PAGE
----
Given a cardinal number $|X|$, how many isomorphism classes of schemes with the cardinality of the set of points equal to $|X|$ are there?


closed as off-topic by Steven Landsburg, Dan Petersen, user44191, abx, Todd Trimble Jun 18 at 16:32

This question appears to be off-topic. The users who voted to close gave this specific reason:

  • "This question does not appear to be about research level mathematics within the scope defined in the help center." – Steven Landsburg, Dan Petersen, user44191, abx, Todd Trimble
If this question can be reworded to fit the rules in the help center, please edit the question.


For any cardinal $\kappa\neq 0$, there is a proper class of schemes of cardinality $\kappa$ up to isomorphism. (In the case $\kappa = 0$, there is a unique empty scheme up to isomorphism, namely the spectrum of the zero ring.)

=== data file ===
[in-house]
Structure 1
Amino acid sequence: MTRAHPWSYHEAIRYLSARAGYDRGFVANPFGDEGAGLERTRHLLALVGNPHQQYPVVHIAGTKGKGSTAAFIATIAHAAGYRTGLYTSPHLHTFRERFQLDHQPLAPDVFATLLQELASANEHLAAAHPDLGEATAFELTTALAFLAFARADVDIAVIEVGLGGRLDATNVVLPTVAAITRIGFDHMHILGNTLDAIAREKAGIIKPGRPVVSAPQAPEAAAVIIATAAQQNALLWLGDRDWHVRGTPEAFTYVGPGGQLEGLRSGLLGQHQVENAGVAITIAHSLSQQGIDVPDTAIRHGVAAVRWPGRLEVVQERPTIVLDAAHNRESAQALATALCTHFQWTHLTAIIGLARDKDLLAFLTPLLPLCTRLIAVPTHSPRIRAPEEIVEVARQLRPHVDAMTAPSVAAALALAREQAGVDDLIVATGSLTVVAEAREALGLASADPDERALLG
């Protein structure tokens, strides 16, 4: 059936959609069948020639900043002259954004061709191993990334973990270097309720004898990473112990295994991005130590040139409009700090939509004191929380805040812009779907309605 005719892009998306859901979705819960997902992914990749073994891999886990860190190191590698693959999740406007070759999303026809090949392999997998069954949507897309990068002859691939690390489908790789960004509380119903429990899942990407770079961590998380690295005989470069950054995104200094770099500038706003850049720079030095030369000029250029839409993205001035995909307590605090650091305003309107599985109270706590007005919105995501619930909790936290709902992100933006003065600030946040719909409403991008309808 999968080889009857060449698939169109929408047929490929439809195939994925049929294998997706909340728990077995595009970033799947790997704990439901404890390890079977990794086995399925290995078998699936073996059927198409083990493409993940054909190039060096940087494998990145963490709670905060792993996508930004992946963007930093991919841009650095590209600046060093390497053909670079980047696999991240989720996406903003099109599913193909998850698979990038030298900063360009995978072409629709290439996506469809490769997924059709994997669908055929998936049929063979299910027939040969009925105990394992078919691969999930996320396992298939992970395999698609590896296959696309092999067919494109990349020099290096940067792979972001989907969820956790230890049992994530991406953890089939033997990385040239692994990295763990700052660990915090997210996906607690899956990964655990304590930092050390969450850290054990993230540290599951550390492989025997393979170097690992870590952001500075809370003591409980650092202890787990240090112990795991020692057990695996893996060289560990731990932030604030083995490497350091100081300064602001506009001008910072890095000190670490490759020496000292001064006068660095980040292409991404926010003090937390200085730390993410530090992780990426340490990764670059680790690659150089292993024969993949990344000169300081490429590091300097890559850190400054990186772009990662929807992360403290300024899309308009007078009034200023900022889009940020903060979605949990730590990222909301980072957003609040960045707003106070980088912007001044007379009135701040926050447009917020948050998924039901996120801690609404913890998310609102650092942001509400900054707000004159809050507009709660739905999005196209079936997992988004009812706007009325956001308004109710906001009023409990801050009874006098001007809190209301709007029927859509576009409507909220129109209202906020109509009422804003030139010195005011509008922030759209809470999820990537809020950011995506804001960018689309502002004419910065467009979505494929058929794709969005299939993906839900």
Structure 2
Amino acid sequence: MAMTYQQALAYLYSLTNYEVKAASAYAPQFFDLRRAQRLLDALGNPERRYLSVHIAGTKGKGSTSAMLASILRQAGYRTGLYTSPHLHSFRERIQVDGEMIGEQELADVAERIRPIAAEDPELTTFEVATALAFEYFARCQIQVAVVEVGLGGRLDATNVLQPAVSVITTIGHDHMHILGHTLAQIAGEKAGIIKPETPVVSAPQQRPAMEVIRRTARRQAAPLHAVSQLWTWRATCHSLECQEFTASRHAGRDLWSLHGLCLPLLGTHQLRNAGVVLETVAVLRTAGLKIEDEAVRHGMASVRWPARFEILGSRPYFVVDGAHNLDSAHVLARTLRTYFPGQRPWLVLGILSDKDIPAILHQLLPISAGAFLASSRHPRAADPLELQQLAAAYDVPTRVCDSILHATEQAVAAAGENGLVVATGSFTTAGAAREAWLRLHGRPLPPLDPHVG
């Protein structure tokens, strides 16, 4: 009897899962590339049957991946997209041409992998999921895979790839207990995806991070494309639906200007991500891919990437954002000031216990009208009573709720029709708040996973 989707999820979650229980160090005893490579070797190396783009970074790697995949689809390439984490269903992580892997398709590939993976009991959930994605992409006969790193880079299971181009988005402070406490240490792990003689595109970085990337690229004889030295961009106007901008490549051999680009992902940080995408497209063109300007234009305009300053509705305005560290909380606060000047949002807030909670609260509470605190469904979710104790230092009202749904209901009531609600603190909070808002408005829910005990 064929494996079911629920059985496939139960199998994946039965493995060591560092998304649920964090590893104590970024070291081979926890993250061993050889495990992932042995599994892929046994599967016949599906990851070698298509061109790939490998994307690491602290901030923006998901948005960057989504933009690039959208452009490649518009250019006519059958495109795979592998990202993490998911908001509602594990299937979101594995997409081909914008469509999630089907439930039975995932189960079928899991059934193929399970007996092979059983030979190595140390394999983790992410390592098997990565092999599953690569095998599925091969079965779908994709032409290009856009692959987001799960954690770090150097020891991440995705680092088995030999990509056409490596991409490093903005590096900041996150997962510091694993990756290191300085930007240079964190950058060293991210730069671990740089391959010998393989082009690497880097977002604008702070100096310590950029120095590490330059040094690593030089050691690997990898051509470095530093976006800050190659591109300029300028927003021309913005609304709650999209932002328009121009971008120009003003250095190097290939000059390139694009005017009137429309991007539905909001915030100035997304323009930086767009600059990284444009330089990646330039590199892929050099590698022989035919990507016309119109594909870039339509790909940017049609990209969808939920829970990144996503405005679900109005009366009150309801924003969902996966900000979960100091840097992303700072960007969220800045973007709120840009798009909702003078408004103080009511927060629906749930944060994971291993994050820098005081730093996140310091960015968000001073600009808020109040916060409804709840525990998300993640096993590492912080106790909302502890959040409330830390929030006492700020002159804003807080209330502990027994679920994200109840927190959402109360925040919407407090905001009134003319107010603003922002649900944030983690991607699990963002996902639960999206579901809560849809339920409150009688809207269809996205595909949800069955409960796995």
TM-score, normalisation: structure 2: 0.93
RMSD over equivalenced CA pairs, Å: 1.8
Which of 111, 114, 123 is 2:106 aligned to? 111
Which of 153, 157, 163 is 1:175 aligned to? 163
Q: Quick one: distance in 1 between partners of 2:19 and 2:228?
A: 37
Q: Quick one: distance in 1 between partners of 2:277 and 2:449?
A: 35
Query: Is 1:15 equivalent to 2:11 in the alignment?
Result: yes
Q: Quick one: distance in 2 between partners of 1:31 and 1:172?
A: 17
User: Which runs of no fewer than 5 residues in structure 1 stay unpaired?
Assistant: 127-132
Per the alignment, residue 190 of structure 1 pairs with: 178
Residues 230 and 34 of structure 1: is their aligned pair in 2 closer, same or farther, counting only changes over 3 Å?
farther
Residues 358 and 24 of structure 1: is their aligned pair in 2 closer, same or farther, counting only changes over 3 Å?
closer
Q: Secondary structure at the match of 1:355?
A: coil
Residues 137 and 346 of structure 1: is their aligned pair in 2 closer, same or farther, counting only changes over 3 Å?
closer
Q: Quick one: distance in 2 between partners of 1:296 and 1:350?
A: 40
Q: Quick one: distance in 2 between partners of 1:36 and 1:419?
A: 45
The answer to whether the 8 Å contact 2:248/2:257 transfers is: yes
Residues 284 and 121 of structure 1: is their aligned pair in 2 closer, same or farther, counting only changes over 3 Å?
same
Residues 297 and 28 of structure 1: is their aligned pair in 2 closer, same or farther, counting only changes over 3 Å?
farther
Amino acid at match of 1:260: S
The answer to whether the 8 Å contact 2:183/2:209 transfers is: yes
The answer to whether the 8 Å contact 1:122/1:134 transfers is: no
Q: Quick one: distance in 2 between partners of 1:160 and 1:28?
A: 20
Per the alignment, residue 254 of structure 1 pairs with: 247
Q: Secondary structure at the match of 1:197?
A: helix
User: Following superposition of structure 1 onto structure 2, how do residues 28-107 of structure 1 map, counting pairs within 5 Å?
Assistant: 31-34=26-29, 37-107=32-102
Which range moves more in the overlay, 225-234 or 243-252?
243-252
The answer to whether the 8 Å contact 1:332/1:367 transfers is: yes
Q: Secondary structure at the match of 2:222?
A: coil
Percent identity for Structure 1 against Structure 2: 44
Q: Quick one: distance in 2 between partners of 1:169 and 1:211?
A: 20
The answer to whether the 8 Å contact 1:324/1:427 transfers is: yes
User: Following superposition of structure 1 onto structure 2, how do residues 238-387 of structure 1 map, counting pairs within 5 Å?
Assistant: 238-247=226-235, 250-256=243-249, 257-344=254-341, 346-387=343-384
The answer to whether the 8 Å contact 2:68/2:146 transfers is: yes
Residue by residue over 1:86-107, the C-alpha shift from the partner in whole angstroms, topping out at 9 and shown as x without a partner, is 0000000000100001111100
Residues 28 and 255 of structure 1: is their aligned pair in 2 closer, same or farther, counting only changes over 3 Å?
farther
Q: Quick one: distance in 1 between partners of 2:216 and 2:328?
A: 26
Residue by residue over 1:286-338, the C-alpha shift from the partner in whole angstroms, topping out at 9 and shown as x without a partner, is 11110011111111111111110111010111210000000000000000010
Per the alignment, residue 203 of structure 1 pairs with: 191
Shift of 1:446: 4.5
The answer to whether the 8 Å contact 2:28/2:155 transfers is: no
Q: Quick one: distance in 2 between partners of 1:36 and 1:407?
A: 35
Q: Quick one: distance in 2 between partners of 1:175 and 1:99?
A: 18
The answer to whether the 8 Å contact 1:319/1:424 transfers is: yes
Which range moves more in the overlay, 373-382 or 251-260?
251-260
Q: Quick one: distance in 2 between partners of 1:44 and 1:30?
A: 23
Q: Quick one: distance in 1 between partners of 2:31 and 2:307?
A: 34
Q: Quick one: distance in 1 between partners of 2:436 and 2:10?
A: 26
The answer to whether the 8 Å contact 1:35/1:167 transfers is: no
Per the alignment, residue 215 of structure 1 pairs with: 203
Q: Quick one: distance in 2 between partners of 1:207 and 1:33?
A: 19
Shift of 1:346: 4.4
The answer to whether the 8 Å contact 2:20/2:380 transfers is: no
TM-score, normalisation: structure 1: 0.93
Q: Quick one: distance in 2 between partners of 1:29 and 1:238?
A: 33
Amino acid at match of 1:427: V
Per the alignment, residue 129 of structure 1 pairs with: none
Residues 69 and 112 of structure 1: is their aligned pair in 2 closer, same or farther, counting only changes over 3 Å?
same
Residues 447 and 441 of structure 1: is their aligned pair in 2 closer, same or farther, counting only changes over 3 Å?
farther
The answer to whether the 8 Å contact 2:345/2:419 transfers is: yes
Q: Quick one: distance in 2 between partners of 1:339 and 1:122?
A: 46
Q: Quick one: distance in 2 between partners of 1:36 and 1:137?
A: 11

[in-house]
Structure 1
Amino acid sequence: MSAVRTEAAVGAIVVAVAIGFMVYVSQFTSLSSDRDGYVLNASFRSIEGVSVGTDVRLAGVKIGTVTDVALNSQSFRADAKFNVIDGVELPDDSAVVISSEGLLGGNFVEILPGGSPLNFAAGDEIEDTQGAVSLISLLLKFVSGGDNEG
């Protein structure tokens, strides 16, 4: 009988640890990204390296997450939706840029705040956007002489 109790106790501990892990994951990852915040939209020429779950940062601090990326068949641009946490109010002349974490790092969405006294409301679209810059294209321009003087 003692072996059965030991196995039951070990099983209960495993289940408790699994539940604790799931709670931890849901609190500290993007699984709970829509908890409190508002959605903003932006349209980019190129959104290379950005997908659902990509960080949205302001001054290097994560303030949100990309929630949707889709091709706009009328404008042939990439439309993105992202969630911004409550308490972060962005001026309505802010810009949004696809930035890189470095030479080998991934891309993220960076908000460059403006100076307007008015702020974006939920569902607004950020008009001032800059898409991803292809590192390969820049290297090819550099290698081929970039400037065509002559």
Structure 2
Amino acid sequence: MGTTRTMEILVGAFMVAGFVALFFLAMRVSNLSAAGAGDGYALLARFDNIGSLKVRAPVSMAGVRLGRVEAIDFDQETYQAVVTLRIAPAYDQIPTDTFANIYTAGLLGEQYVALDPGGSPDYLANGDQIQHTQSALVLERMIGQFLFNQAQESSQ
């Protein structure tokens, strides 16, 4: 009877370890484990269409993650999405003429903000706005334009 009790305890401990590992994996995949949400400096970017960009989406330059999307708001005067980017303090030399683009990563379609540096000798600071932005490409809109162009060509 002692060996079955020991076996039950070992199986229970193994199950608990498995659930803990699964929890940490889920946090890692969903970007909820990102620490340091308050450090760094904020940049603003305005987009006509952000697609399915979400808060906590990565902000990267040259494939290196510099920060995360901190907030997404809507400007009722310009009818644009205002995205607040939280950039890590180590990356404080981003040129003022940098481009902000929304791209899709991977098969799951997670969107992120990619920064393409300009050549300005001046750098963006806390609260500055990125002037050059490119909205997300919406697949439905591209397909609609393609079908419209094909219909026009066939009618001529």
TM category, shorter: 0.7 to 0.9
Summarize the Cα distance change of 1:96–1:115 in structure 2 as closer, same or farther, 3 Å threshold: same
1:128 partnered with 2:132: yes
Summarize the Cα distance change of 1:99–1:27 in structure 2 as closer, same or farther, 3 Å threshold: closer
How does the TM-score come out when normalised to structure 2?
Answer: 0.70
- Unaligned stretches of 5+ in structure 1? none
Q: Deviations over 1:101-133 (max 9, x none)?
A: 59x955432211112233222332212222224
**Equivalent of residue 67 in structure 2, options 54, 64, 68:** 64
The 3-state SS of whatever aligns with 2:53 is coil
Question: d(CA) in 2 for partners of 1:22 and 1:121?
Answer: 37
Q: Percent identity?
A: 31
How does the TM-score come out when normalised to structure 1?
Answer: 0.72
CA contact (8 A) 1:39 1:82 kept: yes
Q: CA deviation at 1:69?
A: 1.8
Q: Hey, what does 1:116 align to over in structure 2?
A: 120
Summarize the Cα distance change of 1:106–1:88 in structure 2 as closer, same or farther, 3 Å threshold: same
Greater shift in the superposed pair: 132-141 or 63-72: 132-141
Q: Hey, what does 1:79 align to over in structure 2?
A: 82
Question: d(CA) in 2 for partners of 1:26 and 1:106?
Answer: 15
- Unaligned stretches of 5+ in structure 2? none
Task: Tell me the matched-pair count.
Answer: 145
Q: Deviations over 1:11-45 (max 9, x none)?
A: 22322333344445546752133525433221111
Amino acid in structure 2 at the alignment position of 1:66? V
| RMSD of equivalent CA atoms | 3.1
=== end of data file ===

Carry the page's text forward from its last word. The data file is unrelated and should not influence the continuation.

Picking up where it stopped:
Note first that there is a proper class of schemes with just $1$ point. Indeed, there are fields of every infinite cardinality, and for any field $k$, $\text{Spec}(k)$ has only one point. This observation easily extends to the case when $\kappa$ is nonzero and finite, since for any field $k$, $\text{Spec}(k^n)$ has $n$ points.

In the case when $\kappa$ is infinite, we cannot handle arbitrary $\kappa$ with an infinite product of fields. For example, the points of $\text{Spec}(k^\mathbb{N})$ are in bijection with the ultrafilters on $\mathbb{N}$, so $|\text{Spec}(k^\mathbb{N})| = 2^{2^{\aleph_0}}$.

Instead, we can use the fact that $\kappa = \kappa+1$ when $\kappa$ is infinite. Fix an algebraically closed field $F$ of cardinality $\kappa$. For any field $k$, we have $|\text{Spec}(F[x]\times k)| = |\text{Spec}(F[x])\sqcup \text{Spec}(k)| = \kappa$, since $\text{Spec}(F[x])$ has one point for every element of $F$, together with a single generic point, and $\text{Spec}(k)$ has a single point. So again we have a proper class of schemes with underlying set of cardinality $\kappa$.

  • 2
    $\begingroup$ You could also just take the disjoint union of $\kappa$ copies of $\mathrm{Spec}\,k$ (of course your construction is nicer because it produces an affine scheme) $\endgroup$ – Denis Nardin Jun 18 at 14:05